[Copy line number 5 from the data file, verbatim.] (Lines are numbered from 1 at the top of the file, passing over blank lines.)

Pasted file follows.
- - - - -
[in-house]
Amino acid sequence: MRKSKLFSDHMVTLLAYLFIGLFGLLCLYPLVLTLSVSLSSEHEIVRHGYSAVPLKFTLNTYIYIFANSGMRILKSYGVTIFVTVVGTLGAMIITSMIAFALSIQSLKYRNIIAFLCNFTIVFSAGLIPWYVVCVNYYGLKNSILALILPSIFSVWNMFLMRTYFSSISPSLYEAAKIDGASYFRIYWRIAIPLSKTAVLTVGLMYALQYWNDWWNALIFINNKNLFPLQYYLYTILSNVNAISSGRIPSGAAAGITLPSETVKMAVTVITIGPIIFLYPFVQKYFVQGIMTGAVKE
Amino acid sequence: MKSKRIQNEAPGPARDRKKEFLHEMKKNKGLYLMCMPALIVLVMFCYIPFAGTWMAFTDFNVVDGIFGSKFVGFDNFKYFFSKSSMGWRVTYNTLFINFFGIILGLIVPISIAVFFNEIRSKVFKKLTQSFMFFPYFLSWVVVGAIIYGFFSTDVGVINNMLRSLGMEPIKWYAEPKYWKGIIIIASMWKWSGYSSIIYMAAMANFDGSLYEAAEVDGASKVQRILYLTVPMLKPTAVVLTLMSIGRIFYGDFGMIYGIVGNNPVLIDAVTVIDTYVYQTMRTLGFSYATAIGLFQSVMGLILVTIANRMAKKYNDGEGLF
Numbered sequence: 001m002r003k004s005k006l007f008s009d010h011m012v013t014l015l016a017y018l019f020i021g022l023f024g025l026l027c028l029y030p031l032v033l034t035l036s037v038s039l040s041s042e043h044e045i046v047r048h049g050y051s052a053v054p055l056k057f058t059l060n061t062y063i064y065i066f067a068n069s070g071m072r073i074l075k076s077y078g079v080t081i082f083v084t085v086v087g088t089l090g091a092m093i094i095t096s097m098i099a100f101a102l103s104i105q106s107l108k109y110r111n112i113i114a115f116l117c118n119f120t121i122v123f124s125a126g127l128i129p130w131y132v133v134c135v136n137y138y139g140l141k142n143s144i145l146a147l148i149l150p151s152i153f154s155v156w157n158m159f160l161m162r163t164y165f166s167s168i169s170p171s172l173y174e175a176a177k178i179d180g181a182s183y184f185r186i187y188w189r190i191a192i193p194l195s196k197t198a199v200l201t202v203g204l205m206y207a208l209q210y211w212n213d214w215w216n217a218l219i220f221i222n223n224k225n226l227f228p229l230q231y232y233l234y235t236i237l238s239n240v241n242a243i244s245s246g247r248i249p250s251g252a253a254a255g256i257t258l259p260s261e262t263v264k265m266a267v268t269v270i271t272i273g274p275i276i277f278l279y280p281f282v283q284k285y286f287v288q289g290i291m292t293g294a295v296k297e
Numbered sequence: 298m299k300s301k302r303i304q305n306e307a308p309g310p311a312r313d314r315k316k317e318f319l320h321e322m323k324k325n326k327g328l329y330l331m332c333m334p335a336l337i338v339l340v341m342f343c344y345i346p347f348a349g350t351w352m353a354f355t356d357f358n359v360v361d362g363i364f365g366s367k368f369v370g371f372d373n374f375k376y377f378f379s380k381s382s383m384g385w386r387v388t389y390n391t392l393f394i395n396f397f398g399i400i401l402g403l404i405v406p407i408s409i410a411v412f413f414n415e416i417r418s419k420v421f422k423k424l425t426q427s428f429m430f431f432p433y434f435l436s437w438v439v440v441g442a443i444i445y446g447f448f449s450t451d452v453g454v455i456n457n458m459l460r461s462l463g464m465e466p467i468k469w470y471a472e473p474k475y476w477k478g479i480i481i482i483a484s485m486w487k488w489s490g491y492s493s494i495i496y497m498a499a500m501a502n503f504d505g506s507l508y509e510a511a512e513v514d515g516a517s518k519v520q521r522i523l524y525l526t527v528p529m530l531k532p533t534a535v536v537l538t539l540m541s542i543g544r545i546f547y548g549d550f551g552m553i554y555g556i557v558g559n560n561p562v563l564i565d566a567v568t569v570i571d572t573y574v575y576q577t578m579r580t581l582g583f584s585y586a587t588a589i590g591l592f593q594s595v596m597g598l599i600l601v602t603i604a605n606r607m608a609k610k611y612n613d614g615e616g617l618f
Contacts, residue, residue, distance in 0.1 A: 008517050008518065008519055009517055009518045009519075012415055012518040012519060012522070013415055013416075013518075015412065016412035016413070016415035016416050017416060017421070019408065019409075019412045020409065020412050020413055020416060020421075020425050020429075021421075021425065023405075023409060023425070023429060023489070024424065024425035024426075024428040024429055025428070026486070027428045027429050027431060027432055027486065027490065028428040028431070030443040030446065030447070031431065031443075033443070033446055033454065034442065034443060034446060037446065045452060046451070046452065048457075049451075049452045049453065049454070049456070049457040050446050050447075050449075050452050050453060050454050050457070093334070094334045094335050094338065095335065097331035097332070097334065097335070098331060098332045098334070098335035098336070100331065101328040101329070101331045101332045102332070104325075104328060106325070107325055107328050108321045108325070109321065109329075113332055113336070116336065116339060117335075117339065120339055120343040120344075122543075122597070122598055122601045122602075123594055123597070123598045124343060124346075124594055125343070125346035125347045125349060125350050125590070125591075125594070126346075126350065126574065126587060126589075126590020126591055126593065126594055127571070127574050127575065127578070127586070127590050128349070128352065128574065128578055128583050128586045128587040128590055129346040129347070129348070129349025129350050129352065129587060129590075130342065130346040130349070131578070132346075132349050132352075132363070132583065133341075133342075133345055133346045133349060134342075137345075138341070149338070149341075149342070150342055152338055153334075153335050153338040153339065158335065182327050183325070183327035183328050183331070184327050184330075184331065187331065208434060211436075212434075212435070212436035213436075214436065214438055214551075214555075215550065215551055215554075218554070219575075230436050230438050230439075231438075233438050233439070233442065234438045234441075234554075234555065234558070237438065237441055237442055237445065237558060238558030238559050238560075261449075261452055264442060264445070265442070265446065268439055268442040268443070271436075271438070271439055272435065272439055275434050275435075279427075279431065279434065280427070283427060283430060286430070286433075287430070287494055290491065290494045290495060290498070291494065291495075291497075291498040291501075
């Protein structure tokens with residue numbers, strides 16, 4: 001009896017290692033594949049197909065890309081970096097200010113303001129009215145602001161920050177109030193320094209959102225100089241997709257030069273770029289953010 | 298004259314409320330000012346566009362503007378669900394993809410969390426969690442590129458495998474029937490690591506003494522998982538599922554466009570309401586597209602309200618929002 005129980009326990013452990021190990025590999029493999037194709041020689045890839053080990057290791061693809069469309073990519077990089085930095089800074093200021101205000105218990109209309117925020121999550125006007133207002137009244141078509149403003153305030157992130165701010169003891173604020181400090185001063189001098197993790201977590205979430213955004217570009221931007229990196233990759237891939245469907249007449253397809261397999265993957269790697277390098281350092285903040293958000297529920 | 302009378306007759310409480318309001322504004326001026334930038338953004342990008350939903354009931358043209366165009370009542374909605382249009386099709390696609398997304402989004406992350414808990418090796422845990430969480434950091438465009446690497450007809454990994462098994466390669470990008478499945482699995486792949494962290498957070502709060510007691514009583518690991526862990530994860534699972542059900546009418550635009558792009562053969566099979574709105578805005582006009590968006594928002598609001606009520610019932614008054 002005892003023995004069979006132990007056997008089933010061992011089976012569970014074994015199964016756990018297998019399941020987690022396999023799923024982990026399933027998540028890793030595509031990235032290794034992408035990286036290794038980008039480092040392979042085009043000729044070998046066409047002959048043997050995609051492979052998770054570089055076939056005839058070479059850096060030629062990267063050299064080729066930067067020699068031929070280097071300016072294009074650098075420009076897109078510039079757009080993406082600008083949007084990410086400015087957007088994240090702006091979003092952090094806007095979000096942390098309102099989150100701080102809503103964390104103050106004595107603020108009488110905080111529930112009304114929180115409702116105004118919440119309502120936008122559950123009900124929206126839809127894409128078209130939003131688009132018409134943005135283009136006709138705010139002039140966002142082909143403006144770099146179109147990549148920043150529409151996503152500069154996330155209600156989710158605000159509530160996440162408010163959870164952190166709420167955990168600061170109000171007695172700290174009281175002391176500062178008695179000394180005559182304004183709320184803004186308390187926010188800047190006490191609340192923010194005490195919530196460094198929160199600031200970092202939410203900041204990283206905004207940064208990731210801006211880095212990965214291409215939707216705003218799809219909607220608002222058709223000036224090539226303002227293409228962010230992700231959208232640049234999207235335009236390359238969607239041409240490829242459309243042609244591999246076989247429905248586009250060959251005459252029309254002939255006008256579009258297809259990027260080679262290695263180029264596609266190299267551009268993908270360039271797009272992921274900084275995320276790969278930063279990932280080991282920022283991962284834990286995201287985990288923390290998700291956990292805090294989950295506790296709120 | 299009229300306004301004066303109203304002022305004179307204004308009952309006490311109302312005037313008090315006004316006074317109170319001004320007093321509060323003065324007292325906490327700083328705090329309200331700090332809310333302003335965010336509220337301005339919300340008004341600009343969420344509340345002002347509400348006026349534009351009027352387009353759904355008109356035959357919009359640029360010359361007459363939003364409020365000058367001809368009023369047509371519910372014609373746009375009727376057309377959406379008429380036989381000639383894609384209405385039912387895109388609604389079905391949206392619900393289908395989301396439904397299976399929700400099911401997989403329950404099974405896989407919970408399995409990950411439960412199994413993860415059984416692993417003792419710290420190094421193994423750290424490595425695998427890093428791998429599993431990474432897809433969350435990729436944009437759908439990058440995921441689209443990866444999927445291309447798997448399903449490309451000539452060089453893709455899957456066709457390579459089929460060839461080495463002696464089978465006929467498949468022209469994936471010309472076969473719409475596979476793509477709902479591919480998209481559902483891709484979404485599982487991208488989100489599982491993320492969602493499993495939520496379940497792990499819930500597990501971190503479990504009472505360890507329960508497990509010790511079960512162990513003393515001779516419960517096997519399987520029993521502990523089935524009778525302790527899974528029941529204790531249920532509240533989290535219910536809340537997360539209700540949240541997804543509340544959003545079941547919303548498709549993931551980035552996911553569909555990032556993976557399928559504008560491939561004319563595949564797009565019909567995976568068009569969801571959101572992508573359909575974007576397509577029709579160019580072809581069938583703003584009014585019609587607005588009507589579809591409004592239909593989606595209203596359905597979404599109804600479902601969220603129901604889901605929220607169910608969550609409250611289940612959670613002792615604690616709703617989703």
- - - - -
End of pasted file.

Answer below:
Numbered sequence: 298m299k300s301k302r303i304q305n306e307a308p309g310p311a312r313d314r315k316k317e318f319l320h321e322m323k324k325n326k327g328l329y330l331m332c333m334p335a336l337i338v339l340v341m342f343c344y345i346p347f348a349g350t351w352m353a354f355t356d357f358n359v360v361d362g363i364f365g366s367k368f369v370g371f372d373n374f375k376y377f378f379s380k381s382s383m384g385w386r387v388t389y390n391t392l393f394i395n396f397f398g399i400i401l402g403l404i405v406p407i408s409i410a411v412f413f414n415e416i417r418s419k420v421f422k423k424l425t426q427s428f429m430f431f432p433y434f435l436s437w438v439v440v441g442a443i444i445y446g447f448f449s450t451d452v453g454v455i456n457n458m459l460r461s462l463g464m465e466p467i468k469w470y471a472e473p474k475y476w477k478g479i480i481i482i483a484s485m486w487k488w489s490g491y492s493s494i495i496y497m498a499a500m501a502n503f504d505g506s507l508y509e510a511a512e513v514d515g516a517s518k519v520q521r522i523l524y525l526t527v528p529m530l531k532p533t534a535v536v537l538t539l540m541s542i543g544r545i546f547y548g549d550f551g552m553i554y555g556i557v558g559n560n561p562v563l564i565d566a567v568t569v570i571d572t573y574v575y576q577t578m579r580t581l582g583f584s585y586a587t588a589i590g591l592f593q594s595v596m597g598l599i600l601v602t603i604a605n606r607m608a609k610k611y612n613d614g615e616g617l618f